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8 August 2009
Ancient burial ground gets national designation in California

A site that is widely regarded as an ancient American Indian burial ground at the Bolsa Chica Mesa (California, USA) has received national historic designation, exciting preservationists who say the move grants the area slightly more protection against future development. Federal officials last month determined the 'cogged stone' site at Bolsa Chica as eligible for listing with the National Register of Historic Places. The area was named after the hundreds of carved stone disks - cogged stones - found on the site. The disks were possibly used for sacred rituals.
     The designation is just the latest chapter in a decades-long battle among preservationists, tribal members and developers. In 2008, tensions reignited after an announcement about the unearthing of 174 ancient American Indian remains, half of them found over an 18-month period on a site slated to become a community with more than 300 homes. The land was once shared by the Juaneno Band of Mission Indians and the Gabrieleno-Tongva. The discovery of hundreds of mysterious cogged stones and human bone fragments that are up to 8,500 years old confirmed the decades-long rumors that the Brightwater Hearthside Homes site was an ancient burial ground of international importance, Native American officials have said.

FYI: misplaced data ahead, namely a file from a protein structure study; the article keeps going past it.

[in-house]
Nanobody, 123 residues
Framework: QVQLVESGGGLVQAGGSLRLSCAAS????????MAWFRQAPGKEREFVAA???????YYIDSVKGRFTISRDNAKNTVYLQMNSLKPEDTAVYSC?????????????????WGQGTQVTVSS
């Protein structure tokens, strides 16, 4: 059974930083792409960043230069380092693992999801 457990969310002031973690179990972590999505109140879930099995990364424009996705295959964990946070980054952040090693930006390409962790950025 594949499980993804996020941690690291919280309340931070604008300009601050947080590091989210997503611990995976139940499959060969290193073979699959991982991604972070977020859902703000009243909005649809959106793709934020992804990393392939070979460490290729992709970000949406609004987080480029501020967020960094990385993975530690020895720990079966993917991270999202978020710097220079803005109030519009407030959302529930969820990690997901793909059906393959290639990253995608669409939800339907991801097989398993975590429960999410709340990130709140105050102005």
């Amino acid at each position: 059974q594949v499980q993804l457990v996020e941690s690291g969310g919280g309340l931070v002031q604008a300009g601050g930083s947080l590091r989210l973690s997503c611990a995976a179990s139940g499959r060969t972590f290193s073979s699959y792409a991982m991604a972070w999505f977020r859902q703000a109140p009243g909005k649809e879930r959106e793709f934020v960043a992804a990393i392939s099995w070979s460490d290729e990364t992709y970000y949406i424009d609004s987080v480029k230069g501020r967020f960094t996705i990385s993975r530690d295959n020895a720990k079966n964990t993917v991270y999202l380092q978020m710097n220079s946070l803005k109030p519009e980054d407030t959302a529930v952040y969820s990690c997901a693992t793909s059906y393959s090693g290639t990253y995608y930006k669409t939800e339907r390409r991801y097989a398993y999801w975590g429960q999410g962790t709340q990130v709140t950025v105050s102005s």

The site would have ultimately been listed with the National Register of Historic Places. However, the land owners opposed the official listing, said National Register of Historic Places historian Paul Lusignan.
     The new historic designation changes some things for the cogged stone site, which is largely in the process of being developed. It deems the site a significant resource and therefore does not allow the city to skip an environmental impact report for development, said Susan Stratton, an archeologist who supervises a team at the California Office of Historic Preservation.
     Patricia Martz, a professor of anthropology and archeology at Cal State Los Angeles who spent about a decade preparing the application for the national designation, said she plans to meet with city planners soon about a re-evaluation. However, Jennifer Villasenor, the city's Planning Department manager, said the city can move forward without the environmental review at this stage in the annexation process and still be in compliance with state standards laid out in the California Environmental Quality Act. However, Stratton said the National Register bears a lot more weight, especially in the realm of public opinion. "It's hard to see whether it will grant more protection than 1983," she said. "It doesn't mean you'll be able to keep if from being destroyed, but in terms of how it's going to play out there in the public? Who knows."

Source: OC Register (6 August 2009)

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